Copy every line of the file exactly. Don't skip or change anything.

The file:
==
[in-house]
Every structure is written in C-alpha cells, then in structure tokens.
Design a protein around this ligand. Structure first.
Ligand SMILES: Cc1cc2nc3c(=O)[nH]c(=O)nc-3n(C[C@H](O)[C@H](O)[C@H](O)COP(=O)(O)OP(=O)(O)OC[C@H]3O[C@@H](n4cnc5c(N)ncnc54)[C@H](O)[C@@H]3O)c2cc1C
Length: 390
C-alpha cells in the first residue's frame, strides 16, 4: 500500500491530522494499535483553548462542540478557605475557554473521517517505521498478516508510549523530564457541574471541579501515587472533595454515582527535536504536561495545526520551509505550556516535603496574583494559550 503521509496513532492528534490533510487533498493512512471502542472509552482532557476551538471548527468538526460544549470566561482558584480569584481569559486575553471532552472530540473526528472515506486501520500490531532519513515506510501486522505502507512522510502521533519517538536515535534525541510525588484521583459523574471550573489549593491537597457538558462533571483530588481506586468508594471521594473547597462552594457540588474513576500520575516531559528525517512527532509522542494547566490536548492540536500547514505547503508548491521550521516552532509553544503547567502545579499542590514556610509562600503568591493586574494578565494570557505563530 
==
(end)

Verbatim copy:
[in-house]
Every structure is written in C-alpha cells, then in structure tokens.
Design a protein around this ligand. Structure first.
Ligand SMILES: Cc1cc2nc3c(=O)[nH]c(=O)nc-3n(C[C@H](O)[C@H](O)[C@H](O)COP(=O)(O)OP(=O)(O)OC[C@H]3O[C@@H](n4cnc5c(N)ncnc54)[C@H](O)[C@@H]3O)c2cc1C
Length: 390
C-alpha cells in the first residue's frame, strides 16, 4: 500500500491530522494499535483553548462542540478557605475557554473521517517505521498478516508510549523530564457541574471541579501515587472533595454515582527535536504536561495545526520551509505550556516535603496574583494559550 503521509496513532492528534490533510487533498493512512471502542472509552482532557476551538471548527468538526460544549470566561482558584480569584481569559486575553471532552472530540473526528472515506486501520500490531532519513515506510501486522505502507512522510502521533519517538536515535534525541510525588484521583459523574471550573489549593491537597457538558462533571483530588481506586468508594471521594473547597462552594457540588474513576500520575516531559528525517512527532509522542494547566490536548492540536500547514505547503508548491521550521516552532509553544503547567502545579499542590514556610509562600503568591493586574494578565494570557505563530 